High tech in Amish country

Located in the heart of the country’s largest Amish population, this company’s old-world craftsmanship is remarkably high tech. Take the company’s water usage. Because of its rural location, it can only draw so much water from its wells—so engineers designed a water system that stores and integrates rainwater collected from across the company’s building.

Water is the catalyst that makes concrete work. The concrete manufacturing process itself uses water, and quite a bit of water is also used to clean the equipment. After cleaning, instrumentation and mechanical equipment separate solids from the water for reuse and also purify and adjust the water’s PH using CO2. This allows the water to be completely reused without any being discharged back into the environment.

Pioneers in high-speed production

And then there’s the manufactured stone process itself, which showcases modern technology from across the globe. For the plant design, complete integration, material management and storage equipment, production equipment, and a totally integrated control package, the company looked to Canada’s J. McCoy Equipment, a firm that over the past three decades has specialized in customized plant and machinery construction for the concrete industry.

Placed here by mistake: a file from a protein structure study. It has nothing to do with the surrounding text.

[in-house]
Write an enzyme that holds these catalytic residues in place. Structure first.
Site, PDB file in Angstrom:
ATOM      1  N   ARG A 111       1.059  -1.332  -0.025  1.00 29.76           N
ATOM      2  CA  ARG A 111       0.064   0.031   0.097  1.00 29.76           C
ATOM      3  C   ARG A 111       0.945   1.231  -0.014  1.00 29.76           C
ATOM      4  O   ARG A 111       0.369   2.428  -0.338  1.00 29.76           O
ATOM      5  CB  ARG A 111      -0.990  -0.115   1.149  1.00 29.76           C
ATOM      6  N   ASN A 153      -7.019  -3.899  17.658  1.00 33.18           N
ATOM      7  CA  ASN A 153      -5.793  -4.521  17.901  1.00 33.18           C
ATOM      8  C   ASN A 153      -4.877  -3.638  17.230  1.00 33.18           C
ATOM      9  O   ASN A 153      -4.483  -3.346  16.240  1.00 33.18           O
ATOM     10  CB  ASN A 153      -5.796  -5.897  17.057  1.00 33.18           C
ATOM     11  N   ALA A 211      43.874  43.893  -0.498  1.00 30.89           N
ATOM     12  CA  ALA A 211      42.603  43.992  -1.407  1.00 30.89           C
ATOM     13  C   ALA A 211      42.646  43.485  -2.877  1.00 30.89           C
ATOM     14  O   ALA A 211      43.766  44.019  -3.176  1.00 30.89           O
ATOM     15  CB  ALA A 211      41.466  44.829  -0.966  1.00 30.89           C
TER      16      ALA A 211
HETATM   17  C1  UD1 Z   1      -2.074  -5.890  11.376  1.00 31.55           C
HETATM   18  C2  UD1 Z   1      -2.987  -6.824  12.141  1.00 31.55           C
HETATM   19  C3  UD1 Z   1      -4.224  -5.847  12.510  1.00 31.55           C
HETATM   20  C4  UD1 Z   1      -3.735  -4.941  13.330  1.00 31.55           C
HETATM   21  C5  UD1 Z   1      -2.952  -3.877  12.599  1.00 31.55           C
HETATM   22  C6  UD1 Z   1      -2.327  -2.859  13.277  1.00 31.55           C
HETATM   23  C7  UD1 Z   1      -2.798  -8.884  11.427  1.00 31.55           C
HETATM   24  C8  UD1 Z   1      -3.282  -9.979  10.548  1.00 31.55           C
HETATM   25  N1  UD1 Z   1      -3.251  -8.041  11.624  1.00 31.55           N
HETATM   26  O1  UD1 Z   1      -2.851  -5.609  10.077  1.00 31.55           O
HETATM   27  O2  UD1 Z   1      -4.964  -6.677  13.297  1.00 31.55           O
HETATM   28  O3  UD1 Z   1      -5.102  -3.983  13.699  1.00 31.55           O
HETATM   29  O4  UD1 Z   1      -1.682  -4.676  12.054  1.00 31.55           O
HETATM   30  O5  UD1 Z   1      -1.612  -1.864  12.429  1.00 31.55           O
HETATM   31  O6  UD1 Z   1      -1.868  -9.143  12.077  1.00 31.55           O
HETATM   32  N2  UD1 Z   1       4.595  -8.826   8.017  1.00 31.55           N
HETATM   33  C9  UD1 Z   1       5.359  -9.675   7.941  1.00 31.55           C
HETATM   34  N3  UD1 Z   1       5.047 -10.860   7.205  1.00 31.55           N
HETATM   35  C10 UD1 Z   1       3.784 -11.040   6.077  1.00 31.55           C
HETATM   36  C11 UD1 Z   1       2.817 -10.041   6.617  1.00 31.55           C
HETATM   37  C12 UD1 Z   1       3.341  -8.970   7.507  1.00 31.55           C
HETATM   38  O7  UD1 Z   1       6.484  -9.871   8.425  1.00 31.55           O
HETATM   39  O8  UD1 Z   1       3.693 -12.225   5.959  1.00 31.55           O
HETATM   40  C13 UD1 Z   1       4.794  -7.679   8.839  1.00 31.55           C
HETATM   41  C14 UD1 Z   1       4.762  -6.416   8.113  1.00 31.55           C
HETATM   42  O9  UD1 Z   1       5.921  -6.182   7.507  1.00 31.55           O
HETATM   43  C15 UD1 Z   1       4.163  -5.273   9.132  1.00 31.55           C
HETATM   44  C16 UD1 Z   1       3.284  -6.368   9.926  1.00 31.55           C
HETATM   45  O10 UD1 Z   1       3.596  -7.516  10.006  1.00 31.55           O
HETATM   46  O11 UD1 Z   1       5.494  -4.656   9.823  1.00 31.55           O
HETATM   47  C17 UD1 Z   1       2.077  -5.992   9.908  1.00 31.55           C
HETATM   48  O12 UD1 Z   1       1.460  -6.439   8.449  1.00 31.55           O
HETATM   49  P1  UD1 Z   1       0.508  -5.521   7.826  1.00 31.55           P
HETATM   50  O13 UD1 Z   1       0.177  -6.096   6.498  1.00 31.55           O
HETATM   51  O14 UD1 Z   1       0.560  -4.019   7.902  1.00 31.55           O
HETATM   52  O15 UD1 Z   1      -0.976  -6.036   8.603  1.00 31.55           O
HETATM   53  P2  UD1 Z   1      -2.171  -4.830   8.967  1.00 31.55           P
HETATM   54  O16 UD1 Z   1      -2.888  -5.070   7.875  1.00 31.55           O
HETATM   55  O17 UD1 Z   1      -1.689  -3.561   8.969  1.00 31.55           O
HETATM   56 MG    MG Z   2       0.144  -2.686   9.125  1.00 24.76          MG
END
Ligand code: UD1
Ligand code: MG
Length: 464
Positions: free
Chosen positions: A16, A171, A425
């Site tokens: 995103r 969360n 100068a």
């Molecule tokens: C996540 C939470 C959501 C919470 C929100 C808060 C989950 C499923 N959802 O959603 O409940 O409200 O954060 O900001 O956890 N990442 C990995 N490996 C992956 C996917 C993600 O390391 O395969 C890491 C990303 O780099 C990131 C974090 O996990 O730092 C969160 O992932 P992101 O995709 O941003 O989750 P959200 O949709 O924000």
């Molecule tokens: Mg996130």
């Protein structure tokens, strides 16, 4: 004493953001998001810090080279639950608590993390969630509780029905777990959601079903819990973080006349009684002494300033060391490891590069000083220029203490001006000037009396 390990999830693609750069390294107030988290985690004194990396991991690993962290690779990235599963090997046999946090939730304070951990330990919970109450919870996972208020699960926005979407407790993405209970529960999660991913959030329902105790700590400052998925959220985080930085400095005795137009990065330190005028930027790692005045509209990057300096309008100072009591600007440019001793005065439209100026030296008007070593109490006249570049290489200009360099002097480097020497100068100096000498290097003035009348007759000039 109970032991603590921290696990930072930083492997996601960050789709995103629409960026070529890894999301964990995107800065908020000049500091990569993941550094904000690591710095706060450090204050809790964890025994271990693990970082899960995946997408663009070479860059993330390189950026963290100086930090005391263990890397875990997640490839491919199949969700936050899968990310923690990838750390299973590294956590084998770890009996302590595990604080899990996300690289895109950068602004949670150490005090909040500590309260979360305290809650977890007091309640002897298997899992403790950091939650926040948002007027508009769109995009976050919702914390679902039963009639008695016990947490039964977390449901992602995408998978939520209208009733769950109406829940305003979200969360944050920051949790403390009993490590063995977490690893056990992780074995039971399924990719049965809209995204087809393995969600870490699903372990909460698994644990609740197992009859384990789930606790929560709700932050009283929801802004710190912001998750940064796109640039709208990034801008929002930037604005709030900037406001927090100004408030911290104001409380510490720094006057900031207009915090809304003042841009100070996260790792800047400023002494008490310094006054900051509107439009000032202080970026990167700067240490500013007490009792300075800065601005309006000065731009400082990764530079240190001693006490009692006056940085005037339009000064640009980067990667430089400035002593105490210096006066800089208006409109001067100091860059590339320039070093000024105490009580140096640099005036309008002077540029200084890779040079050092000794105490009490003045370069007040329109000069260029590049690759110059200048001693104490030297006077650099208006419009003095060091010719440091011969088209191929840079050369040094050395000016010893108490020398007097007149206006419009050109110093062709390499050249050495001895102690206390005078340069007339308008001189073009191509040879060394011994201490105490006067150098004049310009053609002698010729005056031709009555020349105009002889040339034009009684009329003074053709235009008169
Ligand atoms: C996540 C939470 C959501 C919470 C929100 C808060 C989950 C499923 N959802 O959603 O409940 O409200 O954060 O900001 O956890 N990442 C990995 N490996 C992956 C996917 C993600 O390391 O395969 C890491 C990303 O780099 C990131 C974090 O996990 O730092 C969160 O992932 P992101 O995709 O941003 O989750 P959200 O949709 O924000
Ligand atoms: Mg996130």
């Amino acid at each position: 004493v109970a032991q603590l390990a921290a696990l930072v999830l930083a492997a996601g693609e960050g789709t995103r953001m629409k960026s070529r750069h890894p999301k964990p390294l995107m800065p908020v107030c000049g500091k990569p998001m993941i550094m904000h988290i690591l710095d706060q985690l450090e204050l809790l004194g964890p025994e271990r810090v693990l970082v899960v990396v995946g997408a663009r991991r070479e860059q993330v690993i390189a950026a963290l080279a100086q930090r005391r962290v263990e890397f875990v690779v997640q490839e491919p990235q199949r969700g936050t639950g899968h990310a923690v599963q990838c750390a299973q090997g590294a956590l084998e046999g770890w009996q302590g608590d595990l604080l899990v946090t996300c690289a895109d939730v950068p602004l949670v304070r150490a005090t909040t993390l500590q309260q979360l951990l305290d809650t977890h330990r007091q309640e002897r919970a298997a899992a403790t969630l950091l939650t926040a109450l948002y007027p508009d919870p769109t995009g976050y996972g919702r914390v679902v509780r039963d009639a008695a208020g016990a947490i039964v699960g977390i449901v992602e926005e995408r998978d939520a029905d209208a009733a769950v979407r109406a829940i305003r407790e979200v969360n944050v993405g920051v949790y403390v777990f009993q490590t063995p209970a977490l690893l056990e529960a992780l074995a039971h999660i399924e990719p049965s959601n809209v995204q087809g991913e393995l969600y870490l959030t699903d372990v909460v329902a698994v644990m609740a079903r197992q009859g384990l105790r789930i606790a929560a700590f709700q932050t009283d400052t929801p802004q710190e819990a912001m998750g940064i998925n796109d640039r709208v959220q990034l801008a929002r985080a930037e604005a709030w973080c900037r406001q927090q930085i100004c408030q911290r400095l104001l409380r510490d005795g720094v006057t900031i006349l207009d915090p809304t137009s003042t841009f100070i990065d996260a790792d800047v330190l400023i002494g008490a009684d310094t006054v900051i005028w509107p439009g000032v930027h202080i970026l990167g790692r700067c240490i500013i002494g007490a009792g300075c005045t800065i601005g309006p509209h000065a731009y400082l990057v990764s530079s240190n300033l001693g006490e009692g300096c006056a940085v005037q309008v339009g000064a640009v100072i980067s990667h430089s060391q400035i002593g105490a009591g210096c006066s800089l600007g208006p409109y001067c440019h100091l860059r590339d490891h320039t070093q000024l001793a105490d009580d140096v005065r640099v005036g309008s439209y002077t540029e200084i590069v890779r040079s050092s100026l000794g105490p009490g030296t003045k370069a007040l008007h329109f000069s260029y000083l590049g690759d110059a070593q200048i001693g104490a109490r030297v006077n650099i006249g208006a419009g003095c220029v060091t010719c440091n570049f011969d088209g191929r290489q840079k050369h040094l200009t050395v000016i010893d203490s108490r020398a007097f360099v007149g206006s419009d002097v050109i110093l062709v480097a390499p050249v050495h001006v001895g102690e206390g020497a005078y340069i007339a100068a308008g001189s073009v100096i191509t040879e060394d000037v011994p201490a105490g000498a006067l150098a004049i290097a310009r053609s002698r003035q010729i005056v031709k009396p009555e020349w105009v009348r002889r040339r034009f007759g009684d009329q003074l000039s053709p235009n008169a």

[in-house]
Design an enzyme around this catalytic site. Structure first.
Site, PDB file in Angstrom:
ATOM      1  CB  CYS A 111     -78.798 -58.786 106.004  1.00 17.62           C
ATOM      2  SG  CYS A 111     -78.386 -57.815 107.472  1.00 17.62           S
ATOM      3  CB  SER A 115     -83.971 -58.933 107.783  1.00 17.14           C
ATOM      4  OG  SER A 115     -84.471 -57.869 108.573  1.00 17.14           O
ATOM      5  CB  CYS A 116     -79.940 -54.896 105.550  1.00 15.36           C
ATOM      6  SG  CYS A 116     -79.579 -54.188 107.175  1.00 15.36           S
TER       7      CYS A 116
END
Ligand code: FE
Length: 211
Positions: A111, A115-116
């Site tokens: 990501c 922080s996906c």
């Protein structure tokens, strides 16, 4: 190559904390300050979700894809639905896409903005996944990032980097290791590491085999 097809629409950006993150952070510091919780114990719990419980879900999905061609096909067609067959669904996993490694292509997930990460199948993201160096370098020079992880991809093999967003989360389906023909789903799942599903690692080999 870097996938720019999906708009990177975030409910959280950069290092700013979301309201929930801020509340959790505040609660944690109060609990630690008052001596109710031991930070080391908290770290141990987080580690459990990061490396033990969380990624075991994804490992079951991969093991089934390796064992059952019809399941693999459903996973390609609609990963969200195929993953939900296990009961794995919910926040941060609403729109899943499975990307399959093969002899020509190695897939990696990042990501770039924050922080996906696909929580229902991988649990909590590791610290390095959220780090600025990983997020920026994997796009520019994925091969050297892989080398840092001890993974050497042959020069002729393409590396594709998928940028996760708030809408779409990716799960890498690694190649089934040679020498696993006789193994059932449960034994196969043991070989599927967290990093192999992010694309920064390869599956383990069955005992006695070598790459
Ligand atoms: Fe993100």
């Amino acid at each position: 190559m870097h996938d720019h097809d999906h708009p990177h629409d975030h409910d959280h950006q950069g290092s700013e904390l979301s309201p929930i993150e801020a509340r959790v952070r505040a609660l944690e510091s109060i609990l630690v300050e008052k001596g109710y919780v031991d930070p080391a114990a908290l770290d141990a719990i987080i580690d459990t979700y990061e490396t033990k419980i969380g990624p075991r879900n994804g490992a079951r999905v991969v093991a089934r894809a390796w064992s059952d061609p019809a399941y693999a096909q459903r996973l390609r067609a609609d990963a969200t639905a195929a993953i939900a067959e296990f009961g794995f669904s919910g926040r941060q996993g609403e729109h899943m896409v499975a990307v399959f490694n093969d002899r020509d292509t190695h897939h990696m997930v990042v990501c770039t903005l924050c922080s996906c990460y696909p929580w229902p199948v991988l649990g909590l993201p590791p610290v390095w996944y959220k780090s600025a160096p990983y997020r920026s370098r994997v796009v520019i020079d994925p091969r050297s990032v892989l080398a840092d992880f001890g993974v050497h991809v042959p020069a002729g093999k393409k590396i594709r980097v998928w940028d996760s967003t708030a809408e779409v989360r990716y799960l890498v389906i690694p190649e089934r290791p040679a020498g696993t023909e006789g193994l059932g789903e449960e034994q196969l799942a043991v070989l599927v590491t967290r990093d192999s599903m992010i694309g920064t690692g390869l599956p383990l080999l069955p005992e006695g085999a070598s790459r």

McCoy Equipment engineered an integrated system that manages ingredient mixing and batching. From incorporating cements, sand, lightweight aggregates, and various polymers and admixtures to adding the various shades of pigments, the equipment needs to be precise.

Through hard wired and wireless Profinet communications, the production lines call for their particular batch recipe and flying bucket systems deliver to the various production lines. McCoy Equipment are pioneers in the creation of high-speed production processes for concrete products with textures and colors only rivalled by Mother Nature. “With the use of these high-performance concretes, the strength and durability can be better than the original rocks we simulate,” says John McCoy, Owner of McCoy Equipment.

Based on years of successful projects, McCoy Equipment chose Siemens automation and instrumentation for this task. Using the Siemens Totally Integration Automated (TIA) Portal, the designers assembled all of the required components along with SIMATIC S7-1500 control system. Minimizing wires and maximizing mobile requirements, all instruments are connected with Profinet communications protocol.